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News : Local Last Updated: Feb 13, 2017 - 1:45:37 AM

Save The Bays: ‘Energy Reforms Encouraging’
By Diane Phillips & Associates
Dec 16, 2016 - 2:56:24 PM

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Nassau, Bahamas - One of the country’s most outspoken environmental organisations today applauded the long-awaited announcement that those using solar systems to generate power would soon be able to tie into the national grid.

The plaudits from Save The Bays followed the announcement Tuesday that the utilities regulatory body, URCA, had approved a grid tie-in by the end of January, 2017, news that broke just as the Bahamas Chamber of Commerce and Employers’ Confederation held its third annual energy security forum.

“The long-awaited news that was delivered both by URCA and by the Deputy Prime Minister Philip ‘Brave’ Davis today was an important step moving us closer to an energy supply that is fueled in significant part by renewables – sun and wind power,” said Save The Bays chairman Joseph Darville. “We were also very pleased to hear about the various efforts being made with recycling, particularly in the Family Islands and with organisations like One Eleuthera Foundation which is proving what we have said since our founding in 2013 – it is not the economy or the environment. Taking care of the environment is an economic activity that generates jobs, entrepreneurial opportunities and revenue.”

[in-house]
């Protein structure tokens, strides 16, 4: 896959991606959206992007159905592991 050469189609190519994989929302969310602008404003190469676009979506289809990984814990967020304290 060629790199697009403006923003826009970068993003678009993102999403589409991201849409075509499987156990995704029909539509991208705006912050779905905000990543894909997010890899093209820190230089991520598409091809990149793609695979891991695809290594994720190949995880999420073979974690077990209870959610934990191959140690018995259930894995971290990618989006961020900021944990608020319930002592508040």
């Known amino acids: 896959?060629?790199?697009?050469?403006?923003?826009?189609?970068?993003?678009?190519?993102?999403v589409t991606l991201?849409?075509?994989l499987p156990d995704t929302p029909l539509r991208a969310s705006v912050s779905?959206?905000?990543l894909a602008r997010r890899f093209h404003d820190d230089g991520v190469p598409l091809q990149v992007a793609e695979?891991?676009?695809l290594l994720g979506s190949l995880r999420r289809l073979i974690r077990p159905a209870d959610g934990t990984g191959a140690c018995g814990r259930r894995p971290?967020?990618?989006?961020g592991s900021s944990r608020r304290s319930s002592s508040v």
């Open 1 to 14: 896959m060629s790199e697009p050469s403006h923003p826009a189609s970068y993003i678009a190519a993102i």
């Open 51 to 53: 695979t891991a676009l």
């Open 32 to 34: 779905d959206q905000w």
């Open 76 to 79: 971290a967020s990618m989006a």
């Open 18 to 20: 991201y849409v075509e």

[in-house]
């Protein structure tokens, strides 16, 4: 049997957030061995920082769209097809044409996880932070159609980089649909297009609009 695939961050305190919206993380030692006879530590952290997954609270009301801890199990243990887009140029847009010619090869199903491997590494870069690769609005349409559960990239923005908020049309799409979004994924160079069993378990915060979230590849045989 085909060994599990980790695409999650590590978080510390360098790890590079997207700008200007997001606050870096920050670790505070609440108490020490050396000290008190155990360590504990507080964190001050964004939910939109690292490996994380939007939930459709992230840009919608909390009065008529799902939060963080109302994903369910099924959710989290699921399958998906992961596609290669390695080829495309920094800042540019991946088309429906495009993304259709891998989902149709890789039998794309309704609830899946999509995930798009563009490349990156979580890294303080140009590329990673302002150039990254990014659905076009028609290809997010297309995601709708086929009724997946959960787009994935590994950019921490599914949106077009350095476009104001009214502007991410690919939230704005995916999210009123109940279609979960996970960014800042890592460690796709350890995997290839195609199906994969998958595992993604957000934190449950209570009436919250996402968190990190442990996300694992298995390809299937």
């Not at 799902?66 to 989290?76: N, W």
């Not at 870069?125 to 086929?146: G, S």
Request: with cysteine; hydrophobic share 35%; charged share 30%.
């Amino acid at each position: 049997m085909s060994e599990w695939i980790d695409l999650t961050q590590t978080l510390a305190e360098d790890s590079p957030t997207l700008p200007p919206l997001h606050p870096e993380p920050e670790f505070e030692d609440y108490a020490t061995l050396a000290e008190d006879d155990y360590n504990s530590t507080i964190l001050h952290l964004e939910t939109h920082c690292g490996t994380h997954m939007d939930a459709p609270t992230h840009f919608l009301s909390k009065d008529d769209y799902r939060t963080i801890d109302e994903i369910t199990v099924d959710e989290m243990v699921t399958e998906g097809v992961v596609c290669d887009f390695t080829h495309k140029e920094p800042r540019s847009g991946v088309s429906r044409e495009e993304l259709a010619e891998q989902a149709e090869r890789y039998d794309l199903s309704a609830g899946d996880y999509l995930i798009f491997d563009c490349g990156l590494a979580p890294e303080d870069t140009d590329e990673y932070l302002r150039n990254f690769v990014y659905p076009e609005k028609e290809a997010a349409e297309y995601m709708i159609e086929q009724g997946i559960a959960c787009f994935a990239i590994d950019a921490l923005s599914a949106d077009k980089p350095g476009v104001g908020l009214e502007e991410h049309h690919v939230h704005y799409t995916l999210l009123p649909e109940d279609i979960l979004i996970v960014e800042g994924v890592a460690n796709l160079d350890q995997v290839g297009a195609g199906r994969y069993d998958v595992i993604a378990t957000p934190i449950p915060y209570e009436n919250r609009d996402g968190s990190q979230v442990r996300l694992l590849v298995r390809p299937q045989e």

One Eleuthera Foundation executive director Shaun Ingraham addressed the energy forum, Eyes Wide Shut, at the British Colonial Hilton, describing how an initial investment with community involvement has turned into layers of local business that have pumped $20 million into the Eleuthera economy in the past eight years. One of those businesses is recycling – glass gets crushed and made into countertops, used for flooring, paving and more. Plastics are sent to Nassau for conversion. Cans go to Cans for Kids, a non-profit started by Virginia McKinney who owns the waste management company Waste Not.

“The Deputy Prime Minister was also very frank in his statements about the pollution at Clifton Bay and Golden Cay,” Darville said. “All of this bodes well for the future as there is growing appreciation of how important it is to manage our fragile environment. We appreciate that the business community through the Chamber of Commerce recognizes how sustainable development contributes to economic development. These are all significant steps but the most critical one is the challenge that still lies ahead – a comprehensive environmental protection act. We will continue to advocate for that and for the appointment of an independent Freedom of Information commissioner now that the FOIA has been tabled.”

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